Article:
Richard Simon has worked for the American Red Cross as a Construction Manager since January 2015. Like many of his colleagues, he doubles as an emergency responder when disasters strike. He and nearly 200 other American Red Cross staff members based in Haiti—more than 90 percent of whom are Haitian nationals—manage an array of earthquake recovery programs focusing on health, infrastructure, economic sustainability, disaster preparedness systems and housing.
Where are you from?
I was born in Port-au-Prince.
How are you helping people affected by Hurricane Matthew?
I was asked to step in as Hurricane Matthew approached, so a few days before the storm made landfall, I traveled to the Nord-Ouest Department. During and immediately after the hurricane, I was in the field meeting and planning with local authorities and partners (Directorate of Civil Protection, the Haitian Red Cross, Action Against Hunger, and representatives from different Haitian ministries). Then I helped measure damage, with a focus on water/sanitation and infrastructure. I also helped distribute cooking, hygiene, and cholera kits in various localities in the Nord-Ouest Department.
Can you talk about the damage?
It’s difficult to describe what I have observed. Hurricane Matthew has destroyed all aspects of life: houses are damaged or destroyed, roads blocked, crops devastated and fishermen’s equipment destroyed. When you consider how precarious living conditions were here before the storm—especially for the residents of the Nord-Ouest Department—you realize that Haiti will suffer the effects of this disaster for years.
What are the biggest needs right now?
We’re seeing a situation where so many have lost everything. The biggest needs here are food, cooking supplies, drinking water, blankets, and stemming the spread of cholera. The American Red Cross is reaching out to some of the most remote communities affected by the hurricane in the Nord-Ouest Department, to meet many of these and other needs. It is important to note that the Red Cross always ensures that the most vulnerable be the first people to benefit from relief supplies.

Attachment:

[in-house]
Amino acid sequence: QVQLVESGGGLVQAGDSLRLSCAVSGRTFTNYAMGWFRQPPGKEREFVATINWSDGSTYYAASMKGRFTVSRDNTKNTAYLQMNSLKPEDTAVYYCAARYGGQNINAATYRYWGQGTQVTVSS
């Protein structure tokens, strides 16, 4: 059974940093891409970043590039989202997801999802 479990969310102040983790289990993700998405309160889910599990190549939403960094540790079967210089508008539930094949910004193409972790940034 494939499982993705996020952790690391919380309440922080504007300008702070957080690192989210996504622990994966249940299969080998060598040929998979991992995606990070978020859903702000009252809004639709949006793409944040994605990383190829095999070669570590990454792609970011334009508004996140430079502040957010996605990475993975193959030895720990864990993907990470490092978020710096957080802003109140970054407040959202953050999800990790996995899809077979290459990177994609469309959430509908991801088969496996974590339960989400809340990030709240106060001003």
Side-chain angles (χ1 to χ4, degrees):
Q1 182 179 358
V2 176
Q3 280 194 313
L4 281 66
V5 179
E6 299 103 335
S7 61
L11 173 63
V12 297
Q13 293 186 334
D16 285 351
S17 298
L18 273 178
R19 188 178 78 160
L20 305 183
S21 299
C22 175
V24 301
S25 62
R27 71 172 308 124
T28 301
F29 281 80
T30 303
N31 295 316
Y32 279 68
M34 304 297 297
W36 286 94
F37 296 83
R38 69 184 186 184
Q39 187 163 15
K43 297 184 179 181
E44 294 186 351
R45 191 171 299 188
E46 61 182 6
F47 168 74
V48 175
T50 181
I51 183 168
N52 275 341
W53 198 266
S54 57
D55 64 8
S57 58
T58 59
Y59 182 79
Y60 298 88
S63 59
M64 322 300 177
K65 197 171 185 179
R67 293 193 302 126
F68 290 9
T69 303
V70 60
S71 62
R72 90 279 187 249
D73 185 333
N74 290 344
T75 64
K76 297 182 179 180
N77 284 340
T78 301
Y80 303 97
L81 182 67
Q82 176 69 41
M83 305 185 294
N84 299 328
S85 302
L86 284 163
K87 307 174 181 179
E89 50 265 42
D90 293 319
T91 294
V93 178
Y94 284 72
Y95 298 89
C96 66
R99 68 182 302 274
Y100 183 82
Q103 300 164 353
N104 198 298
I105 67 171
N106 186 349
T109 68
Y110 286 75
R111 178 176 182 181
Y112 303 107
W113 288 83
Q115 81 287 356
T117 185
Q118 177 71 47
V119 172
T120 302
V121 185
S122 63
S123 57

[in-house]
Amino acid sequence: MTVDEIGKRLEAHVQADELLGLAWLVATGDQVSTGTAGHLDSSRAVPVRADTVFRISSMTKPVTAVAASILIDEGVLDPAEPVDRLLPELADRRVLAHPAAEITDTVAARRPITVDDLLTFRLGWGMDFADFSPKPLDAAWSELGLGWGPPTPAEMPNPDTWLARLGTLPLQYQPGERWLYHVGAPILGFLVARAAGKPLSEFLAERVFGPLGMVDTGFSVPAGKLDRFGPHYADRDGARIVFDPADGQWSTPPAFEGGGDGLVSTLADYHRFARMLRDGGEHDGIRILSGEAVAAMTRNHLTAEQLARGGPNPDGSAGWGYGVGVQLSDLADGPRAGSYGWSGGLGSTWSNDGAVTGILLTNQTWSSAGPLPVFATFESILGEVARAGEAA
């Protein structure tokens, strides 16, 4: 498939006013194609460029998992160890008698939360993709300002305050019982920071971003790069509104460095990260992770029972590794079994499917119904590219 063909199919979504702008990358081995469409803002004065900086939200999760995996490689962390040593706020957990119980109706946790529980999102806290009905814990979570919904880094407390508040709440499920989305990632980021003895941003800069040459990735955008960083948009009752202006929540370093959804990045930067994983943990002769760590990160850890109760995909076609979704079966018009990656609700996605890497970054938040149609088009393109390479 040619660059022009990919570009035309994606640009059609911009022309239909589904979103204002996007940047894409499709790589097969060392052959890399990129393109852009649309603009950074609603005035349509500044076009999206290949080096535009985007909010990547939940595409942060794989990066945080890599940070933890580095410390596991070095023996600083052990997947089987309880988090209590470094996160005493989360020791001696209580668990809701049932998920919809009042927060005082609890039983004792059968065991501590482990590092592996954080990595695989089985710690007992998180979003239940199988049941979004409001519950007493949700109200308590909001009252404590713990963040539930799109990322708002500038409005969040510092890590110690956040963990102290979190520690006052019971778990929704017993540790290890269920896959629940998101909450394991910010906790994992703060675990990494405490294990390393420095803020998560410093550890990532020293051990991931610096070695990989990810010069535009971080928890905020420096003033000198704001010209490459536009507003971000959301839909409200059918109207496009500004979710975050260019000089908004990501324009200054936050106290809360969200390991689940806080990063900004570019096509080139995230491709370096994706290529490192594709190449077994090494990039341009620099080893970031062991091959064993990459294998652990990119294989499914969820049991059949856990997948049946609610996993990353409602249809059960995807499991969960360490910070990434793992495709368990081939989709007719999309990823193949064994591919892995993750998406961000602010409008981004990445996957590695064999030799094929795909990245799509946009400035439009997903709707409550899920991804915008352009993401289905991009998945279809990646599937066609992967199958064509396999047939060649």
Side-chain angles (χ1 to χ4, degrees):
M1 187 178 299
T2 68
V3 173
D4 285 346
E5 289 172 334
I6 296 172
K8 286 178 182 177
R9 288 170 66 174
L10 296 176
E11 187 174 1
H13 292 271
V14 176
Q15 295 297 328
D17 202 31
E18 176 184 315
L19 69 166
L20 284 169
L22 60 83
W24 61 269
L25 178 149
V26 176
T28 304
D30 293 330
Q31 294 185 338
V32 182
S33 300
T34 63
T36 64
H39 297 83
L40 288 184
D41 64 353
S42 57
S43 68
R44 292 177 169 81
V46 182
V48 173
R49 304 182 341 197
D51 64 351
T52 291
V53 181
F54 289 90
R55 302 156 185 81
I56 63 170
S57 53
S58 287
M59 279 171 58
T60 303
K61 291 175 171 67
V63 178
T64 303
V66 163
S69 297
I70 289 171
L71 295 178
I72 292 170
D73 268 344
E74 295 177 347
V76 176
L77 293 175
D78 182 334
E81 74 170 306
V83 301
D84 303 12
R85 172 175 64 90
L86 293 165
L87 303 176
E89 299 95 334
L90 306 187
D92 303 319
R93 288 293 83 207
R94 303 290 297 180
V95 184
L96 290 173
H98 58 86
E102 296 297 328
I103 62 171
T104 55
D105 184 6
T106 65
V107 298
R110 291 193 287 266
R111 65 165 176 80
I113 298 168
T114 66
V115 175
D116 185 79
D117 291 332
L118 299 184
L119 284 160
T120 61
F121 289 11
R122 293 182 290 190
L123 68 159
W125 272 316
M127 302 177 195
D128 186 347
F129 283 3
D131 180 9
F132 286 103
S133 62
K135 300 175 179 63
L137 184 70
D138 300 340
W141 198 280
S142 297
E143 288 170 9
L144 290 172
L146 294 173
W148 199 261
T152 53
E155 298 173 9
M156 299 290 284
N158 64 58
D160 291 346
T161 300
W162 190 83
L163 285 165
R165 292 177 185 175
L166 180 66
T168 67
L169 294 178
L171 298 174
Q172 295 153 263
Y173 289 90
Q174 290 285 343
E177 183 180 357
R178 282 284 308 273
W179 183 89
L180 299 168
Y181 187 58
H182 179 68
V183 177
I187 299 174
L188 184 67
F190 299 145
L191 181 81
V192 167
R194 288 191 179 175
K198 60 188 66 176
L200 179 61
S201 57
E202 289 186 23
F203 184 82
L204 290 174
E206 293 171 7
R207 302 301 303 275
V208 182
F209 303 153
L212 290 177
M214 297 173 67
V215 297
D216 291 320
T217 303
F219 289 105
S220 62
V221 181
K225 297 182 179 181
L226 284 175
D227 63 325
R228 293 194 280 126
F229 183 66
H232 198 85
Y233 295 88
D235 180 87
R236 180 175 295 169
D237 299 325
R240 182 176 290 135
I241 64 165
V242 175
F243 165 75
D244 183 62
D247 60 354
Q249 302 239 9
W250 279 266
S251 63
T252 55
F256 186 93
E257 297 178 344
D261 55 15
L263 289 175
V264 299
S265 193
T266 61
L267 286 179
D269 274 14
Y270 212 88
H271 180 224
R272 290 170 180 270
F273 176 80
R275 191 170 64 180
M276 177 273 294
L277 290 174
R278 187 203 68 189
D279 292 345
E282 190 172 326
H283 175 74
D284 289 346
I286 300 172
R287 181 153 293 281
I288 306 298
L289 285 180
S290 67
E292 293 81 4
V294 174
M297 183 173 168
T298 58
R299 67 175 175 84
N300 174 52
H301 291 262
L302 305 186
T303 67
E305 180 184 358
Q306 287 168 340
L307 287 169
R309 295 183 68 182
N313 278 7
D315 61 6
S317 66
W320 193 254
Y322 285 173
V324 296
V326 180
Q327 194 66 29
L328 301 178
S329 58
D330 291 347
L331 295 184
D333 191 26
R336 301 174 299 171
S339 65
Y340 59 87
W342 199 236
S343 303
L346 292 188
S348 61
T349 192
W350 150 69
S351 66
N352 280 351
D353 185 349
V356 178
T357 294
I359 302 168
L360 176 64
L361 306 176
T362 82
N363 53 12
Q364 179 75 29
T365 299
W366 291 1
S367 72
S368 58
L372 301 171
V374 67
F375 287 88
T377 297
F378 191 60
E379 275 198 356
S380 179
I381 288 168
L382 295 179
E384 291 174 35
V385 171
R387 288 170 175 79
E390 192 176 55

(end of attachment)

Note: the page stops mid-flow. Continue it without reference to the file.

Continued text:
How is the American Red Cross working with the Haitian Red Cross?
We are all working together in support of the Haitian Red Cross. On the ground, the Red Cross operates as the Red Cross. There is no distinction between volunteers from the different national societies. We organize activities jointly and have very good cooperation.
Can you talk about the people that you are helping?
One of the residents I met, who I will never forget, was an elderly woman in Marre Rouge (a locality of Mole Saint-Nicolas). While receiving relief supplies, she shed tears. As I approached her, I could understand she was crying tears of joy because she was grateful for the assistance—as well as tears of sadness because her son had been missing since the hurricane. In general, I can say that most of the people we meet are in need—and many of them don’t know where to turn. It is also important to note that the majority of the victims of this storm were living in very complicated, difficult situations even before the hurricane.
Since before Hurricane Matthew made landfall, the American Red Cross has been working with local and global partners in Haiti, including the Haitian Red Cross, to mobilize and deliver critical relief. That work continues today.
Hurricane Matthew, the largest disaster in Haiti since the 2010 earthquake and the largest storm to hit the country in 50 years, has left widespread flooding, damage to infrastructure (water systems, electricity and roads) and major crop and livestock loss. According to the United Nations 1.4 million people in affected areas are in need of humanitarian assistance.
To learn more about our work in Haiti visit http://www.redcross.org/haiti.